A yoga teacher is tasked with teaching yoga which is often taught within a certain system. Ashtanga, Bikram, Sivananda, as examples, all have their ways of training yogis to teach. In the western context, yoga teachers are often trained to teach yoga classes that are primarily a physical practice. These sessions have labels like “vinyasa” “hatha” “restorative” “yin”, etc.
A well trained and skilled yoga teacher can lead groups in a class setting, helping students learn whatever style or system they are sharing. Yoga classes have a therapeutic effect for many. In addition, a very experienced and skilled yoga teacher can educate students in all aspects of yoga, helping them progress on a spiritual level. This is mentioned because even an enlightened teacher is technically a yoga teacher as opposed to a yoga therapist.
A yoga therapist is tasked with applying yoga techniques to specific health conditions. A yoga therapist, therefore, must be trained in both the techniques (asana, pranayama, chanting, philosophy or point of view and meditation) and the therapeutic applications of these techniques.
A yoga therapist—like anyone in the health field—must have knowledge of the conditions they are working with. Yoga therapists are trained to look at health conditions through a yoga therapy lense, as well as assess from a western medicine perspective.
Although yoga teachers and yoga therapists are usually lifelong learners, the training entry point for yoga therapists is much higher. The IAYT (International Association of Yoga Therapists) has set standards that have a minimum training time of 800 hours. This is in addition to the prerequisite of a 200-hour YTT (yoga teacher training). Also, yoga therapy schools are tasked with graduating competent yoga therapists with a proven ability to work with medical conditions in a safe, effective way.
Since yoga therapists are always yoga teachers it is easy to see why the public can get easily confused. Yoga therapists often play both roles — teaching interested students yoga and working individually with clients that have health challenges. Most essential is that those with physical or mental health issues looking to yoga for help consult with a yoga therapist as opposed to a yoga teacher.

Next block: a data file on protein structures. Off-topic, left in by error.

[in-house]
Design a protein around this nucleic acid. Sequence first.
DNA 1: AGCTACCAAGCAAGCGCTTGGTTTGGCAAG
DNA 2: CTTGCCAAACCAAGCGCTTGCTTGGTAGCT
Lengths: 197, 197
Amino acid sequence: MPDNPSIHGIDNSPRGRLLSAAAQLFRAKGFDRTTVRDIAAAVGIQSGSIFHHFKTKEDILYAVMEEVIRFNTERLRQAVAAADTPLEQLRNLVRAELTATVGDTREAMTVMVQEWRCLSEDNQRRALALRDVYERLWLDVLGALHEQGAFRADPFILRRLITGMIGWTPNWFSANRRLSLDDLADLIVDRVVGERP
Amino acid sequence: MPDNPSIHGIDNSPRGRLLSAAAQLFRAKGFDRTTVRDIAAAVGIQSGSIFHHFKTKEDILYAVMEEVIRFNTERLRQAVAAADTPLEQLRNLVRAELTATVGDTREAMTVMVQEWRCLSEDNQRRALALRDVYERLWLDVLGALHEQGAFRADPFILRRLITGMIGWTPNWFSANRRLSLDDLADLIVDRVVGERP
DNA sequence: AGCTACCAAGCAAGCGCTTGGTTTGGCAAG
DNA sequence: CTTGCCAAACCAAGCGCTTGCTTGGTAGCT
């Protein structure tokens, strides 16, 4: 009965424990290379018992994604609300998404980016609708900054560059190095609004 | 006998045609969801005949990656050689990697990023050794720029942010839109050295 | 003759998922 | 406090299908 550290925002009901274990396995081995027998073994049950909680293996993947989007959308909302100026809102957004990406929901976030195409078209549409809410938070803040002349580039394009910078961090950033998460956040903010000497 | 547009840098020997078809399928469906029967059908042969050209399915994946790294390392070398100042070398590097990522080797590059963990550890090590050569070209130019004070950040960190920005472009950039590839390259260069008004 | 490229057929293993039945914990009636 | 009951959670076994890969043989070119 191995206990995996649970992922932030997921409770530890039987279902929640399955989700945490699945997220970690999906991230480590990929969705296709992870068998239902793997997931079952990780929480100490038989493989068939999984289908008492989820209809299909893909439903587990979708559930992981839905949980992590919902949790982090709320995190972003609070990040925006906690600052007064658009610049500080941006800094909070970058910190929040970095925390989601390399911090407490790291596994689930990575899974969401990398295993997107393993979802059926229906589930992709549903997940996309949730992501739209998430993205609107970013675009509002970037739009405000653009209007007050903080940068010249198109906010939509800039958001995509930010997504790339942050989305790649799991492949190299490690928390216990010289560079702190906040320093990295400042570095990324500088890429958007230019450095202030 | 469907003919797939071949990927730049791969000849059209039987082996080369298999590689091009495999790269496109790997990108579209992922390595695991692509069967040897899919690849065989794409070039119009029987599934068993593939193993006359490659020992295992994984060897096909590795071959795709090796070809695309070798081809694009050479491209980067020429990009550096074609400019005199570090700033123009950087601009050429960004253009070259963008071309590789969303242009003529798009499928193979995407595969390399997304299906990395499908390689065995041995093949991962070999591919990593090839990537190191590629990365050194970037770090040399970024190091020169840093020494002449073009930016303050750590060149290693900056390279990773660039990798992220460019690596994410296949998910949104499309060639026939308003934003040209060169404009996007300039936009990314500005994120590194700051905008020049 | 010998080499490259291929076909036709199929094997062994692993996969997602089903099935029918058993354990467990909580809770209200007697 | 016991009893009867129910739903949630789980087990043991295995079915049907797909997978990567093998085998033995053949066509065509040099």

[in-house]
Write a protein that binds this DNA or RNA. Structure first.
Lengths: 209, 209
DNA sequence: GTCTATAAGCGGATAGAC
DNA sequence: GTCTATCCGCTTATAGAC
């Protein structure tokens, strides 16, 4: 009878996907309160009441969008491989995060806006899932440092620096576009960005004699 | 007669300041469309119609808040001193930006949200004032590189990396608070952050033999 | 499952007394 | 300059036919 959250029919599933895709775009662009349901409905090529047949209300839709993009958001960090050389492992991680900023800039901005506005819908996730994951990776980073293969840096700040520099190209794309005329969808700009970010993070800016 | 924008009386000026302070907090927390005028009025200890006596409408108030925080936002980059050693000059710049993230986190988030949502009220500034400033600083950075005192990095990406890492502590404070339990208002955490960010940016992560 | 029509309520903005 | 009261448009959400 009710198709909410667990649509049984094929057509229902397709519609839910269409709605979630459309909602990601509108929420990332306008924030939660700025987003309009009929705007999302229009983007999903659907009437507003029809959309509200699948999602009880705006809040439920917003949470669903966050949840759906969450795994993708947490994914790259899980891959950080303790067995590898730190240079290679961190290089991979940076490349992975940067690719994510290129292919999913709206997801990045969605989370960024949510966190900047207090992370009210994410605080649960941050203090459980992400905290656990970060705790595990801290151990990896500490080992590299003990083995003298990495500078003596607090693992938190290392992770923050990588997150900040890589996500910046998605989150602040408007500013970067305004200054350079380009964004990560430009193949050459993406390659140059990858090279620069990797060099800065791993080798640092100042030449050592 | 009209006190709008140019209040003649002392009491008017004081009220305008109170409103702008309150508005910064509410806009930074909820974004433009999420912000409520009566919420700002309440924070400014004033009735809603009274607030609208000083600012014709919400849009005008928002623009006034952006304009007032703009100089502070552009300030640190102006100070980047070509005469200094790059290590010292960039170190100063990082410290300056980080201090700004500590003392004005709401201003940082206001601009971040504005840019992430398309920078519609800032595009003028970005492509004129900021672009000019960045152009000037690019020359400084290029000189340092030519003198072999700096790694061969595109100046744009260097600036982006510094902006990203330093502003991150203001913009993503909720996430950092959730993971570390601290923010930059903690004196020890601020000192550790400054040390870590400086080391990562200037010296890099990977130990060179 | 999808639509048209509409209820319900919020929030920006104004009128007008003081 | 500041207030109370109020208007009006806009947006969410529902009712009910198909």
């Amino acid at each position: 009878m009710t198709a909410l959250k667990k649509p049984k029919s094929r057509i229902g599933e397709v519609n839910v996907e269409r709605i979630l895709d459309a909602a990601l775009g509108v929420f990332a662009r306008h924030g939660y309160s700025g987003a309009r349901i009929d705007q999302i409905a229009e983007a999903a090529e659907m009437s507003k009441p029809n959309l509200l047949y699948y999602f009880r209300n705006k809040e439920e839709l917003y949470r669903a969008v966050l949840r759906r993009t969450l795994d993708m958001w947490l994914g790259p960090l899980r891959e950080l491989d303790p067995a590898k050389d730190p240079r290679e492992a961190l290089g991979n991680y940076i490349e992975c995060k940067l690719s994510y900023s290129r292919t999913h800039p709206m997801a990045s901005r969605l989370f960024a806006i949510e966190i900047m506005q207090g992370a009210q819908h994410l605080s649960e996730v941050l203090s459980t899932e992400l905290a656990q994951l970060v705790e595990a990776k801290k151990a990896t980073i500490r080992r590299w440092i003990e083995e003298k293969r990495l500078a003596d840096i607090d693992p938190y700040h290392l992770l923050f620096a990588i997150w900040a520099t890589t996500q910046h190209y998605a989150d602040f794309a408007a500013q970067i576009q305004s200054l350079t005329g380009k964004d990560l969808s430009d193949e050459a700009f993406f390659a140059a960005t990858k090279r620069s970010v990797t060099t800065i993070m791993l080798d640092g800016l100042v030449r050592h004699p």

Individualized education from a yoga therapist will have much better outcomes and minimize the chance of an untrained yoga teacher inflicting harm due to lack of knowledge and education.
At Breathing Deeply Yoga Therapy, we pride ourselves on providing high-quality yoga therapy education with continuing support for yoga therapists. We are confident that our students and in turn, graduates are educated in a way that promotes positive client outcomes and integrity in this rapidly growing field.
Ready to begin your yoga therapy training and become a Yoga Therapist?
Apply today. A new class will be starting soon!
There’s no doubt that yoga is gaining popularity, but you may be asking yourself, what is the most popular type of yoga? Where is each type most popular in the U.S. and around the world? And for those who are interested in trying it themselves, how can you practice these styles of yoga safely? For […]
Breathe in, breathe out. Looking for a therapeutic yoga definition? Learn what yoga therapy is and what it can help treat from Breathing Deeply.
Welcome to episode 2 of the Breathing Deeply Yoga Therapy and Meditation Podcast! At Breathing Deeply we offer Yoga Therapy Foundations and IAYT Advanced teacher training programs. Inside these programs, we have weekly Q&A sessions with students and Breathing Deeply founder & lead teacher. Brandt Passalacqua. This episode has been taken from a live Q&A […]